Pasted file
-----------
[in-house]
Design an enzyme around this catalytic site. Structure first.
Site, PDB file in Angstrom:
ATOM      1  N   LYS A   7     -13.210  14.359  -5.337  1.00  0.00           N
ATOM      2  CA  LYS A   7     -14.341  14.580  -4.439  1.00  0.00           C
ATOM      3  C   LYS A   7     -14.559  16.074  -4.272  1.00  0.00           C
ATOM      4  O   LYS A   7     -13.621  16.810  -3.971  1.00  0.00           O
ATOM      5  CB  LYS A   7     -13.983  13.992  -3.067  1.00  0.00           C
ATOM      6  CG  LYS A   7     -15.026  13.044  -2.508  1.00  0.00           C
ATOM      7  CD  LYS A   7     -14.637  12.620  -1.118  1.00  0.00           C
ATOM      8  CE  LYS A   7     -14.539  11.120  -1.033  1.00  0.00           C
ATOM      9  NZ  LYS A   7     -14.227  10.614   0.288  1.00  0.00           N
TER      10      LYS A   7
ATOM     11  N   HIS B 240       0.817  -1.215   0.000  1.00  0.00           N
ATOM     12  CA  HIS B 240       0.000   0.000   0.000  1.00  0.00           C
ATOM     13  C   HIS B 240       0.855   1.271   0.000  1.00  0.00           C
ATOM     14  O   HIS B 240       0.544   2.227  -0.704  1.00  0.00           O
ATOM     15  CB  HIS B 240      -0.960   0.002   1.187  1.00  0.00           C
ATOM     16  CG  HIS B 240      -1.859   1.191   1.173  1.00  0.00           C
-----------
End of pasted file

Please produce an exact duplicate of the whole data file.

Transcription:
[in-house]
Design an enzyme around this catalytic site. Structure first.
Site, PDB file in Angstrom:
ATOM      1  N   LYS A   7     -13.210  14.359  -5.337  1.00  0.00           N
ATOM      2  CA  LYS A   7     -14.341  14.580  -4.439  1.00  0.00           C
ATOM      3  C   LYS A   7     -14.559  16.074  -4.272  1.00  0.00           C
ATOM      4  O   LYS A   7     -13.621  16.810  -3.971  1.00  0.00           O
ATOM      5  CB  LYS A   7     -13.983  13.992  -3.067  1.00  0.00           C
ATOM      6  CG  LYS A   7     -15.026  13.044  -2.508  1.00  0.00           C
ATOM      7  CD  LYS A   7     -14.637  12.620  -1.118  1.00  0.00           C
ATOM      8  CE  LYS A   7     -14.539  11.120  -1.033  1.00  0.00           C
ATOM      9  NZ  LYS A   7     -14.227  10.614   0.288  1.00  0.00           N
TER      10      LYS A   7
ATOM     11  N   HIS B 240       0.817  -1.215   0.000  1.00  0.00           N
ATOM     12  CA  HIS B 240       0.000   0.000   0.000  1.00  0.00           C
ATOM     13  C   HIS B 240       0.855   1.271   0.000  1.00  0.00           C
ATOM     14  O   HIS B 240       0.544   2.227  -0.704  1.00  0.00           O
ATOM     15  CB  HIS B 240      -0.960   0.002   1.187  1.00  0.00           C
ATOM     16  CG  HIS B 240      -1.859   1.191   1.173  1.00  0.00           C